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Flex and Grids - XML

Learn about XUL, a subset of XML used to describe user interfaces, that helps you to make rich user interfaces with nothing more complicated than a text editor. In the third part of this series covers layout and content elements.

TABLE OF CONTENTS:
  1. An Introduction to XUL Part 3
  2. Flex and Grids
  3. Groupbox, Stack and Deck
  4. Content Elements
By: Dan Wellman
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June 06, 2005

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Flex

A common attribute of elements placed in boxes is Flex, which makes the room the element uses an attribute of flexible.  In the example above, all of the buttons are the same size and there is a lot of left over space to the side of them.  Try adding a flex="1" attribute to the second opening vbox element.  Now the second set of buttons will take up all of the remaining available space in the window.  This is commonly used with spacers to make other elements appear in appropriate places within windows.  You may at this point be thinking that the value of flex is of a Boolean type, with 1 for true and 0 for false.  This is not the case; the flex attribute is of the integer type.  If you have multiple elements with the flex attribute, the attribute with the highest flex value will take up the most space.

Grids

Another positional element is the grid element, which allows you to specify both vertical and horizontal positions of elements.  The grid is commonly used with elements and their corresponding labels to ensure that everything lines up correctly within your interface.  The grid syntax is very easy to master; everything in the grid should be contained within an opening and closing grid element set, individual rows are defined within a rows opening and closing element set and individual columns are defined within a columns opening and closing element set.  Care should be taken when designing grids as it is easy to misplace elements.  Add the following code to a new XUL file and execute it in the normal way:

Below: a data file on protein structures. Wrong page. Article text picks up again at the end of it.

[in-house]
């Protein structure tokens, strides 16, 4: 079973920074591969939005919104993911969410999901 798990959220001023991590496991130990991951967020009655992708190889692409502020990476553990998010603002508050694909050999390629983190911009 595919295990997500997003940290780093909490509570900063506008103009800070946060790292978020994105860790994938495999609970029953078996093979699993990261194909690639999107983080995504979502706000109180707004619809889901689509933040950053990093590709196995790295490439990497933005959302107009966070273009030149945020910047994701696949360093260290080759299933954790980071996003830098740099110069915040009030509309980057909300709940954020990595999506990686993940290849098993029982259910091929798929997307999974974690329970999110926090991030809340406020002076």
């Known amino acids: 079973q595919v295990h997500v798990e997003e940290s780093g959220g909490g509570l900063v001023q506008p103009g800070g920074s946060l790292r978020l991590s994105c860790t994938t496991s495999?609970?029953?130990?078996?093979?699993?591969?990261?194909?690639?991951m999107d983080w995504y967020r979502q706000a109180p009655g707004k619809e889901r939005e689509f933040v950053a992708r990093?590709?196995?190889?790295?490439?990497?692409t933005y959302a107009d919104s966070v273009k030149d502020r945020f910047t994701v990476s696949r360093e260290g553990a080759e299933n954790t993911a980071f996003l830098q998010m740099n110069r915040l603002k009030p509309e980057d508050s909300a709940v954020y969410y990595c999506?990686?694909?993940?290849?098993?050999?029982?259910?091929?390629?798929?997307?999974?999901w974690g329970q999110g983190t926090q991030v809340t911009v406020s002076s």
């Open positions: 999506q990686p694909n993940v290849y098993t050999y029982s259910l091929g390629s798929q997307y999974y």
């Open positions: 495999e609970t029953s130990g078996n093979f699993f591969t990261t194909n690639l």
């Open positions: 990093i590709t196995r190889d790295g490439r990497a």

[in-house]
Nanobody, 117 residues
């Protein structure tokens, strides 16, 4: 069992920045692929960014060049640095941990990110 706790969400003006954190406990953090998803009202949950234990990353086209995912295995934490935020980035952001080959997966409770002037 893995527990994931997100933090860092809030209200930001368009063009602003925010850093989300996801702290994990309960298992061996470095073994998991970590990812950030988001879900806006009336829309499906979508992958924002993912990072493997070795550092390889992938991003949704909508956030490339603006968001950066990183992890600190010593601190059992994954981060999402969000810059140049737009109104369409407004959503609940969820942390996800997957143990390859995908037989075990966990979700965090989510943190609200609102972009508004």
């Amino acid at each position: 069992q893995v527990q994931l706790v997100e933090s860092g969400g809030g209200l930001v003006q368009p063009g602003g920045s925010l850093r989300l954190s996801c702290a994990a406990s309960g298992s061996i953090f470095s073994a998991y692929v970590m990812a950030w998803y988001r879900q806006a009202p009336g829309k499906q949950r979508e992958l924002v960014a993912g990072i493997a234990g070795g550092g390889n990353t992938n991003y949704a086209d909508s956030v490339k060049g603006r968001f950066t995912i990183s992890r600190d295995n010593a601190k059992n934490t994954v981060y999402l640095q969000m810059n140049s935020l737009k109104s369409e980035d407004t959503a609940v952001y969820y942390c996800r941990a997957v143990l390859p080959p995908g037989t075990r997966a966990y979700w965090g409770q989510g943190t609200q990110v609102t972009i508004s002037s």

<grid>
  <rows>
    <row>
      <button label="button1"/>
      <button label="button2"/>
      <button label="button3"/>
    </row>
  </rows>
     <columns>
          <column>
            <button label="button4"/>
            <button label="button5"/>
            <button label="button6"/>
          </column>
        </columns>
</grid> 

Now, the dilemma that you face here is that button 4 has overlaid and obscured button 1.  Generally, you would only add content to rows or columns rather than both to avoid this kind of conflict.  Try changing it to this to get the desired (in this example) effect:

<grid>
  <rows>
    <row>
      <button label="button1"/>
      <button label="button2"/>
      <button label="button3"/>
    </row>
    <row>
     <button label="button4"/>
    </row>
    <row>
      <button label="button5"/>
    </row>
    <row>
      <button label="button6"/>
    </row>    
  </rows>
</grid> 

Much better!  Again, the flex attribute is more than welcome if you need to make elements stretch to fit the available space within the window.  In the example above however, the flex attribute may have unexpected results without the addition of columns.  Try adding the flex attribute to the first and last opening row elements to see how the buttons are affected.



 
 
>>> More XML Articles          >>> More By Dan Wellman
 

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